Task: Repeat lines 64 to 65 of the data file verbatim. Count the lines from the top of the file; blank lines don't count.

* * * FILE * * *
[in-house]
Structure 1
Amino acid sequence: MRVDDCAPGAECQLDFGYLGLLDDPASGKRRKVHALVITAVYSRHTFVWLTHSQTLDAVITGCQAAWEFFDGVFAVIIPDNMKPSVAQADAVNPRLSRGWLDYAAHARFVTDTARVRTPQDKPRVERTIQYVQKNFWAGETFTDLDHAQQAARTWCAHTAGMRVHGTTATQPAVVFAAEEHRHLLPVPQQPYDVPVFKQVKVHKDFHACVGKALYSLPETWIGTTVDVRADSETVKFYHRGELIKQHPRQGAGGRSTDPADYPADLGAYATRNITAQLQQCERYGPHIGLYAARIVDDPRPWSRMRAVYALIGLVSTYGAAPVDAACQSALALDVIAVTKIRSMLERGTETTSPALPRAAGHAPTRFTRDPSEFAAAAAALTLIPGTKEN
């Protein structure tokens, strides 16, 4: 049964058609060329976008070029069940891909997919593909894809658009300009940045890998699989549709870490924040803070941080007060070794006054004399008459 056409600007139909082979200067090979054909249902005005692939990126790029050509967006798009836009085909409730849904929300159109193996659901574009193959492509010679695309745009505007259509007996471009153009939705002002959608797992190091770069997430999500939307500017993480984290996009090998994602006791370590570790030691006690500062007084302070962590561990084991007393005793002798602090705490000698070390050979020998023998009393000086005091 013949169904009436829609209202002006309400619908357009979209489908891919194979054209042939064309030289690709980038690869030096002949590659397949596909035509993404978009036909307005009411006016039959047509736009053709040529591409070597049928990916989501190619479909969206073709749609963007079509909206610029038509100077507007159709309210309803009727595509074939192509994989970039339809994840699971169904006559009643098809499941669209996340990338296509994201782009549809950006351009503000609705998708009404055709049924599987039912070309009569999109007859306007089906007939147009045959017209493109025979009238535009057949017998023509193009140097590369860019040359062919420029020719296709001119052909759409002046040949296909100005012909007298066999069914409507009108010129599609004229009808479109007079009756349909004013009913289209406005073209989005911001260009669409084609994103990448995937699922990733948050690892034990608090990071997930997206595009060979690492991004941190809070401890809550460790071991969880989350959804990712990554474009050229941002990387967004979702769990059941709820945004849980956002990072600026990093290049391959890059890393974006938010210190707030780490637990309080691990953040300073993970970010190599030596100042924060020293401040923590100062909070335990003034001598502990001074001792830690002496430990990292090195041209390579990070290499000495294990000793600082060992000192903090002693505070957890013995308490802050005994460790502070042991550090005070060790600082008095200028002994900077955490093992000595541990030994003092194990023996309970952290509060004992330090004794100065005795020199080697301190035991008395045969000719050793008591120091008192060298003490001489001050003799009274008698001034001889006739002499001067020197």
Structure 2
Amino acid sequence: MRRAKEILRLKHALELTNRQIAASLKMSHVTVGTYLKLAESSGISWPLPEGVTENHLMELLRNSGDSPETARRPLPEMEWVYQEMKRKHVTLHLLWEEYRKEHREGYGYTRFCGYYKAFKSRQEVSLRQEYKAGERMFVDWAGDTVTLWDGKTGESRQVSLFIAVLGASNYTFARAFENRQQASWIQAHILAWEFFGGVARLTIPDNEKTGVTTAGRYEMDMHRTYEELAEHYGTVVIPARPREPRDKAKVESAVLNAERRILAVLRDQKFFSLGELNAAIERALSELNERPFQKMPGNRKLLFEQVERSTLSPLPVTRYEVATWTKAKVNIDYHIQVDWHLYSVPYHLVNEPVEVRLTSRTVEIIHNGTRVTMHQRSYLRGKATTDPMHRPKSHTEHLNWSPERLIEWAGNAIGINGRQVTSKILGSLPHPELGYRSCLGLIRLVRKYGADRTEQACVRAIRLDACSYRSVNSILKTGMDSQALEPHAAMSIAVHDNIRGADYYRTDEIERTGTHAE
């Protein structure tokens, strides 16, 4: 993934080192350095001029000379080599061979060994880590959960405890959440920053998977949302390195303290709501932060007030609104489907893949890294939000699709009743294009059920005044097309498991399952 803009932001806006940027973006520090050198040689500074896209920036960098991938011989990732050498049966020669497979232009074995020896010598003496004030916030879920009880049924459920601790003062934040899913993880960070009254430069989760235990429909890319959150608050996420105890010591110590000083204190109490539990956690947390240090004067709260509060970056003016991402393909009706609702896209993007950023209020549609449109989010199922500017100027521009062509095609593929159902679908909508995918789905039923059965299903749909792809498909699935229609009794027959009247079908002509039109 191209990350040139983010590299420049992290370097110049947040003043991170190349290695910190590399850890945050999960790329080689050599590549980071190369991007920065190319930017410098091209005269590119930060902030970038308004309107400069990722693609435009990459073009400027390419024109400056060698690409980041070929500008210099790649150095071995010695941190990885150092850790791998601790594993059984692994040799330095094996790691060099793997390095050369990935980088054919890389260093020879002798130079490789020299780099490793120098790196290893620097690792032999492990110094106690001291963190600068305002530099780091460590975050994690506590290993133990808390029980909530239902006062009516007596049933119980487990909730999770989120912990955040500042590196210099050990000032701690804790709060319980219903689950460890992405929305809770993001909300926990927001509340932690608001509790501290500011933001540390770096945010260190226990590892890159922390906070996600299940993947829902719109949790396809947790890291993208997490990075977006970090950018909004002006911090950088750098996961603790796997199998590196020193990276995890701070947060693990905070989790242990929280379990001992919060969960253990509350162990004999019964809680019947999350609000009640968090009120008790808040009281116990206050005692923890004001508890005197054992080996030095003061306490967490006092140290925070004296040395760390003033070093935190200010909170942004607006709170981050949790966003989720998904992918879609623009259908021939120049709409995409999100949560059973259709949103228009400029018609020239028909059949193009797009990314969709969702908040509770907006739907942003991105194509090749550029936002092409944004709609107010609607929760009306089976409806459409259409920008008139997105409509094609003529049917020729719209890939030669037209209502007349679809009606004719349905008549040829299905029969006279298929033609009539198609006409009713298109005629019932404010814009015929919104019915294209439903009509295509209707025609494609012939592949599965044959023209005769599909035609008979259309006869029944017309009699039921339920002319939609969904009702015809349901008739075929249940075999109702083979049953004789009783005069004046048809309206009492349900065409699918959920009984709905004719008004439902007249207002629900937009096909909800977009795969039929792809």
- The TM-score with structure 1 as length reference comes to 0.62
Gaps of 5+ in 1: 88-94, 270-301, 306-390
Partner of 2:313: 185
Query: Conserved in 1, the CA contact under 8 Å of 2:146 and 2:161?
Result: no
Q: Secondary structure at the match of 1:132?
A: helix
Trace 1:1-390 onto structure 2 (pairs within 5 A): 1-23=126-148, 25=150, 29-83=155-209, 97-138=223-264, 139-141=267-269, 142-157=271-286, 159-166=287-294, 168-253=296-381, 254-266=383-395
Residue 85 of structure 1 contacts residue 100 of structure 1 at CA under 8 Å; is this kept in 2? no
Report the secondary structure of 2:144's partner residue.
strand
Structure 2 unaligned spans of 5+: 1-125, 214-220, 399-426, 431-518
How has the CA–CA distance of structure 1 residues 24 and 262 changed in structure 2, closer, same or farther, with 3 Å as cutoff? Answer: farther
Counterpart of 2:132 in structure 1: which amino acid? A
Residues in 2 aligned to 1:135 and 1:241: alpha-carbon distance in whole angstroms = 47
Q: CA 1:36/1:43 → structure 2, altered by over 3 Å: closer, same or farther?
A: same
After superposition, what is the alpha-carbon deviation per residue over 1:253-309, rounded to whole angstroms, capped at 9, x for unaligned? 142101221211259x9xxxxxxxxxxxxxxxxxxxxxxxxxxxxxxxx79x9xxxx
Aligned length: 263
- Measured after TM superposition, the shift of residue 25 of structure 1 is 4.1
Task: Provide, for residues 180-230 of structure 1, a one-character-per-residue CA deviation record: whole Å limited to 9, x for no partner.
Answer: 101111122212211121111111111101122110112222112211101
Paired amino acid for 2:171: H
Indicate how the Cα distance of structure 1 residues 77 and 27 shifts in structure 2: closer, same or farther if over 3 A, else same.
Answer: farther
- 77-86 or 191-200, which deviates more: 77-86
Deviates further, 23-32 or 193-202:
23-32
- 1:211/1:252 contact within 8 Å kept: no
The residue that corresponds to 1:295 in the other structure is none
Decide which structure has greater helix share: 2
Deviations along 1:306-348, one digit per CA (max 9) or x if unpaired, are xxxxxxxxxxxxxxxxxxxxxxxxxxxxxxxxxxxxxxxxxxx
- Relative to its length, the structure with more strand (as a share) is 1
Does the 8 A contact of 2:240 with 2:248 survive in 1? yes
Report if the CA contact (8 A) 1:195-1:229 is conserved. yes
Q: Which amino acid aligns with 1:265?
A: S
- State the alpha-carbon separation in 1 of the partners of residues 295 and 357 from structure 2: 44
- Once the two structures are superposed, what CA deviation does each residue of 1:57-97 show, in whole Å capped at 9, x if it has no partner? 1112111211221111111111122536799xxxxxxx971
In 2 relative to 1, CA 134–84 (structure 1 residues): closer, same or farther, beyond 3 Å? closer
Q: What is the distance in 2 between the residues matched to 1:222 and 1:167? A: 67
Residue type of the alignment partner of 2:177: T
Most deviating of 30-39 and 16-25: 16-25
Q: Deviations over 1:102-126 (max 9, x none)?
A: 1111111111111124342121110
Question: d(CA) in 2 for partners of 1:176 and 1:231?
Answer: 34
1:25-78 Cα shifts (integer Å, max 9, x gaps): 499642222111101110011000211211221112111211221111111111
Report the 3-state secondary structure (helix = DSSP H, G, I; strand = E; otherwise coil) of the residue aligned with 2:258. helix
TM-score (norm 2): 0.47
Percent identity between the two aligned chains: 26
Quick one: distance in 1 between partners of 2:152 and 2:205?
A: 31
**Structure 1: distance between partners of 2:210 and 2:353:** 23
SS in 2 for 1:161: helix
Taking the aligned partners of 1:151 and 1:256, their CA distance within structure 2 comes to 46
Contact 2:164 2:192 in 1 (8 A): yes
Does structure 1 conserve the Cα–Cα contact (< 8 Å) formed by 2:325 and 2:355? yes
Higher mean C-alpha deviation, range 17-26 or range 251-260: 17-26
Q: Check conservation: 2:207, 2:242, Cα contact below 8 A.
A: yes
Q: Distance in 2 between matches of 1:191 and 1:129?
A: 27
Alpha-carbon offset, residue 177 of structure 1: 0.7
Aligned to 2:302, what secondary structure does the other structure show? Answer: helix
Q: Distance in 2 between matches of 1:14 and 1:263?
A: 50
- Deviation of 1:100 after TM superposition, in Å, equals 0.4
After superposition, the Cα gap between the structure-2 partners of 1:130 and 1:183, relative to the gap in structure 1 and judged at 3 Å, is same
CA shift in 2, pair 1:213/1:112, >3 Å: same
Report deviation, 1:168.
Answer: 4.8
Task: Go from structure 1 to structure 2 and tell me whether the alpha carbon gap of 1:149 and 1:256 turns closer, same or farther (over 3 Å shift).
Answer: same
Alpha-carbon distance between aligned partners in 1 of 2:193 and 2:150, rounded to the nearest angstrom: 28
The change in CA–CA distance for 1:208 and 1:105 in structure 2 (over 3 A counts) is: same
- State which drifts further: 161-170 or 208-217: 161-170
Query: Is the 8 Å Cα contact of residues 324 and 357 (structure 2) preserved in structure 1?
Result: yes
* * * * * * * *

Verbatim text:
Contact 2:164 2:192 in 1 (8 A): yes
Does structure 1 conserve the Cα–Cα contact (< 8 Å) formed by 2:325 and 2:355? yes